obliquely....
Hewatchedheruntilshepassedbeyondthewindowframe.Hestrainedtosee
impossiblyroundthecorner....
Then he started, frowned, took his pen from his mouth. “This wandering
attention!”hesaid.“Theslightestthing!WherewasI?Tcha!”Hemadeanoise
with his teeth to express his irritation, sat down, and replaced his knees in the
upturnedbox.“Uritme,”hesaid,bitingtheendofhispenandlookingforhis
dictionary.
ItwasaWednesdayhalf-holidaylateinMarch,aspringdaygloriousinamber
light, dazzling white clouds and the intensest blue, casting a powder of
wonderfulgreenhitherandthitheramongthetreesandrousingallthebirdsto
tumultuousrejoicings,arousingday,aclamatoryinsistentday,averitableherald
of summer. The stir of that anticipation was in the air, the warm earth was
partingabovetheswellingseeds,andallthepine-woodswerefulloftheminute
crepitationofopeningbudscales.AndnotonlywasthestirofMotherNature’s


awakening in the earth and the air and the trees, but also in Mr. Lewisham’s
youthful blood, bidding him rouse himself to live—live in a sense quite other
thanthattheSchemaindicated.
He saw the dictionary peeping from under a paper, looked up “Urit me,”
appreciatedtheshining“nitor”ofGlycera’sshoulders,andsofellidleagainto
rousehimselfabruptly.
“I can’t fix my attention,” said Mr. Lewisham. He took off the needless
glasses, wiped them, and blinked his eyes. This confounded Horace and his
stimulatingepithets!Awalk?
“I won’t be beat,” he said—incorrectly—replaced his glasses, brought his
elbowsdownoneithersideofhisboxwithresonantviolence,andclutchedthe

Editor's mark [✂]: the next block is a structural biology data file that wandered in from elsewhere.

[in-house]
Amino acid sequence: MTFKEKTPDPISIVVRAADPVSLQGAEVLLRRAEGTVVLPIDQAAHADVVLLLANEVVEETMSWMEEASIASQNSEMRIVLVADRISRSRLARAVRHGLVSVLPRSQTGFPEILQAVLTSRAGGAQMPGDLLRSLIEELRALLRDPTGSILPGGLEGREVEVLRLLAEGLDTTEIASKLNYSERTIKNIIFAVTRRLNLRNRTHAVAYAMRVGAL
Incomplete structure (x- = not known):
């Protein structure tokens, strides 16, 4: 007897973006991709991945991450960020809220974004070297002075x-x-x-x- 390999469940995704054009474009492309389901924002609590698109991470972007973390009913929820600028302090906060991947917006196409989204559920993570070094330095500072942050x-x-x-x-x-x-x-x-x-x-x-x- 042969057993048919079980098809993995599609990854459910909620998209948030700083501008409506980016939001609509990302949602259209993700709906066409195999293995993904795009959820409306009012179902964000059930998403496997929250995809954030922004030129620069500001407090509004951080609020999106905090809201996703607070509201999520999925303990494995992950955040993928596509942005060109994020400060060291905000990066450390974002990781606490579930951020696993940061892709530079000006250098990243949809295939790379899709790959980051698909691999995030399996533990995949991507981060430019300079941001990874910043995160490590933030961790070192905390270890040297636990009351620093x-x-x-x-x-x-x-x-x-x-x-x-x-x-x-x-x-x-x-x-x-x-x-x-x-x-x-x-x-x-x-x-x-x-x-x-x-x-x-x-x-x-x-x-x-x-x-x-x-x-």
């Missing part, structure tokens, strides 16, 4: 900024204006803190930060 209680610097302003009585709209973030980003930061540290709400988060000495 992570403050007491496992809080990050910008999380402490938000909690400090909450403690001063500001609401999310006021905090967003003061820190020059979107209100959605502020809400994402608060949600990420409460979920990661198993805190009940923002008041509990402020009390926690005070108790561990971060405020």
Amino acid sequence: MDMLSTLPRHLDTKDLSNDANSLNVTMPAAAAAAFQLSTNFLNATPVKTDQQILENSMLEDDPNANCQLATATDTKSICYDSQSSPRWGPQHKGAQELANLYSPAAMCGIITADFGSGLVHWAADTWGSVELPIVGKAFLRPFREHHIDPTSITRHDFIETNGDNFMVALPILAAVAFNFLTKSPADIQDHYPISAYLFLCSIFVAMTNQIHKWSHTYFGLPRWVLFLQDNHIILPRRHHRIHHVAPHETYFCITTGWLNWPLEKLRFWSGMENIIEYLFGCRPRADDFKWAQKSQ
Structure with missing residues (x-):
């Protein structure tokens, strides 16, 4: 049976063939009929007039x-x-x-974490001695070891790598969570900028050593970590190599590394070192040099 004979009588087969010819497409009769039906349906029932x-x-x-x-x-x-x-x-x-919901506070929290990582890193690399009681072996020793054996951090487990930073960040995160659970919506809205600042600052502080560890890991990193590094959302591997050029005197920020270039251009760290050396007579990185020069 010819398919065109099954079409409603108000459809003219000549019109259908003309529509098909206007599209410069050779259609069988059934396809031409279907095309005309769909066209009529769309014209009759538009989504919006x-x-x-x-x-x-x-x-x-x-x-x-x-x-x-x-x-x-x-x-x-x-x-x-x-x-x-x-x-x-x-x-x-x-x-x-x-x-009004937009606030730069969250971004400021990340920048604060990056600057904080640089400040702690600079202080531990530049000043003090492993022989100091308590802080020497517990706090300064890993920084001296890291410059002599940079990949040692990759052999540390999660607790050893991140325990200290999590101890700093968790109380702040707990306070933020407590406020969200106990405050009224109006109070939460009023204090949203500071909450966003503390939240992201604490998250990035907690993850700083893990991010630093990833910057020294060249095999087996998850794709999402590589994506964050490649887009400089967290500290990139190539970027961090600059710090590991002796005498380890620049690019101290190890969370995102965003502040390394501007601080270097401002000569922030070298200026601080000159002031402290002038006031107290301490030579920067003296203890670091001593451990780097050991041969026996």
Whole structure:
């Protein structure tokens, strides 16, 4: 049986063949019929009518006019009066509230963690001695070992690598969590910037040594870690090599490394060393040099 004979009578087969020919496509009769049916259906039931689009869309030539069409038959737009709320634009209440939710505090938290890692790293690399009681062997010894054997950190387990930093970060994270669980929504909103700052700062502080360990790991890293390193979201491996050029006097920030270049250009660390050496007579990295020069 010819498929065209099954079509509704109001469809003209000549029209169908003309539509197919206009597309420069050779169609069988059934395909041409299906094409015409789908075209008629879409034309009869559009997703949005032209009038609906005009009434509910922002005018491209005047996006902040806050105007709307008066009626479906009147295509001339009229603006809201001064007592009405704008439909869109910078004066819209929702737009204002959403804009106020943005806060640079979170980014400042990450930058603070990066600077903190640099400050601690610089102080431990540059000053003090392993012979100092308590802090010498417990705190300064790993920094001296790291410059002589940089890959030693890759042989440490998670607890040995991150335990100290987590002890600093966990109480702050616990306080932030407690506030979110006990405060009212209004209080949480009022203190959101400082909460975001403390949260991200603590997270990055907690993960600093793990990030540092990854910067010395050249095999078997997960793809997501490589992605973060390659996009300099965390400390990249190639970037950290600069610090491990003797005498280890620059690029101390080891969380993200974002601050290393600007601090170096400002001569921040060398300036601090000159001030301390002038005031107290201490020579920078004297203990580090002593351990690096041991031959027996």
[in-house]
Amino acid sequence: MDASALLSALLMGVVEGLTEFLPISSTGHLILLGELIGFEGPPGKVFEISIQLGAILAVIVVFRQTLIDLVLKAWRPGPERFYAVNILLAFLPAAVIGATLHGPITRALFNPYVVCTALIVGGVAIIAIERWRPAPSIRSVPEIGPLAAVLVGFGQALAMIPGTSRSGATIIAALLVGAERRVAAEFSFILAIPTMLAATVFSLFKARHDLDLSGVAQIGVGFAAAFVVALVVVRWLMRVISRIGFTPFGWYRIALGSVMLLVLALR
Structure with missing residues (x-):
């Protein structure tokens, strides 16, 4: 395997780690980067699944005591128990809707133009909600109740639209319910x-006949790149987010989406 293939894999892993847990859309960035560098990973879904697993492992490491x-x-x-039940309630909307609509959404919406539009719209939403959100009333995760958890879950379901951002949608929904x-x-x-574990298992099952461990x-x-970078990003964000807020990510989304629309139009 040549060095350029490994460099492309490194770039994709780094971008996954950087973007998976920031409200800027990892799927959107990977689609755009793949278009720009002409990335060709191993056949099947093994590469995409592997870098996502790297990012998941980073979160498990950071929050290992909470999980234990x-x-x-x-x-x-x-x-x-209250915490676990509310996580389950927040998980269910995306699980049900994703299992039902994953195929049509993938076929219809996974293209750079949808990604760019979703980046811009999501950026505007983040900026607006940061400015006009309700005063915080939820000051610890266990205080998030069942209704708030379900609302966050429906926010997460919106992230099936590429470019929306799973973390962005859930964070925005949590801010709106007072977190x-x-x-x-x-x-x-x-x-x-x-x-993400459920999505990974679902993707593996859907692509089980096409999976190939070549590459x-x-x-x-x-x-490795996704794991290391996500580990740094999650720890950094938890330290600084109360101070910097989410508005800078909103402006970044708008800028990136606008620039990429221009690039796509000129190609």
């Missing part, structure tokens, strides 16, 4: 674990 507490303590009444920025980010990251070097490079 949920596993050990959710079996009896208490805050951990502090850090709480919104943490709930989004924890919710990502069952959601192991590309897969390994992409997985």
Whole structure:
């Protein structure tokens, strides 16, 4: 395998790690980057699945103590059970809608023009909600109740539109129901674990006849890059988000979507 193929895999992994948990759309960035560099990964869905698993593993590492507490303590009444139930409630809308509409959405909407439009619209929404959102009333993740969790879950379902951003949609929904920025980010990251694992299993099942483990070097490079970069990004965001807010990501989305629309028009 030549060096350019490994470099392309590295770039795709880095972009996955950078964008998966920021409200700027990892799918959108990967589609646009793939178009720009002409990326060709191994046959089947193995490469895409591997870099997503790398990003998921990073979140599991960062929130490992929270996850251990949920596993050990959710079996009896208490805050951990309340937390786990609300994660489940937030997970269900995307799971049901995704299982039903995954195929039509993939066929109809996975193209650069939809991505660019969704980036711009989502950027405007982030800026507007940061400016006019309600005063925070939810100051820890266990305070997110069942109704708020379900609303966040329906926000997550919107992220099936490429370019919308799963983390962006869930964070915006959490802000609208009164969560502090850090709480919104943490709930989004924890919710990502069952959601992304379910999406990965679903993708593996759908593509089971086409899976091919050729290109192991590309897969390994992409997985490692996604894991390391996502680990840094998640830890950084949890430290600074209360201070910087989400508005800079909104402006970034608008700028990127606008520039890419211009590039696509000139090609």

hairoverhisearswithbothhands....
Infiveminutes’timehefoundhimselfwatchingtheswallowscurvingthrough
theblueoverthevicaragegarden.
“Didevermanhavesuchabotherwithhimselfasme?”heaskedvaguelybut
vehemently. “It’s self-indulgence does it—sitting down’s the beginning of
laziness.”
So he stood up to his work, and came into permanent view of the village
street.“Ifshehasgoneroundthecornerbythepostoffice,shewillcomeinsight
over the palings above the allotments,” suggested the unexplored and
undisciplinedregionofMr.Lewisham’smind....
Shedidnotcomeintosight.Apparentlyshehadnotgoneroundbythepost
officeafterall.Itmadeonewonderwhereshehadgone.Didshegoupthrough
thetowntotheavenueontheseoccasions?...Thenabruptlyaclouddroveacross
the sunlight, the glowing street went cold and Mr. Lewisham’s imagination
submitted to control. So “Mater saeva cupidinum,” “The untamable mother of
desires,”—Horace (Book II. of the Odes) was the author appointed by the
university for Mr. Lewisham’s matriculation—was, after all, translated to its
propheticend.
Precisely as the church clock struck five Mr. Lewisham, with a punctuality
thatwasindeedalmosttoopromptforareallyearneststudent,shuthisHorace,
tookuphisShakespeare,anddescendedthenarrow,curved,uncarpetedstaircase
that led from his garret to the living room in which he had his tea with his


landlady,Mrs.Munday.Thatgoodladywasalone,andafterafewcivilitiesMr.
Lewisham opened his Shakespeare and read from a mark onward—that mark,
by-the-bye, was in the middle of a scene—while he consumed mechanically a
numberofslicesofbreadandwhortjam.
Mrs.Mundaywatchedhimoverherspectaclesandthoughthowbadsomuch
readingmustbefortheeyes,untilthetinklingofhershop-bellcalledheraway
toacustomer.Attwenty-fiveminutestosixheputthebookbackinthewindowsill,dashedafewcrumbsfromhisjacket,assumedamortar-boardcapthatwas
lyingonthetea-caddy,andwentforthtohisevening“preparationduty.”
The West Street was empty and shining golden with the sunset. Its beauty
seized upon him, and he forgot to repeat the passage from Henry VIII. that
shouldhaveoccupiedhimdownthestreet.Insteadhewaspresentlythinkingof
thatinsubordinateglancefromhiswindowandoflittlechinsandnose-tips.His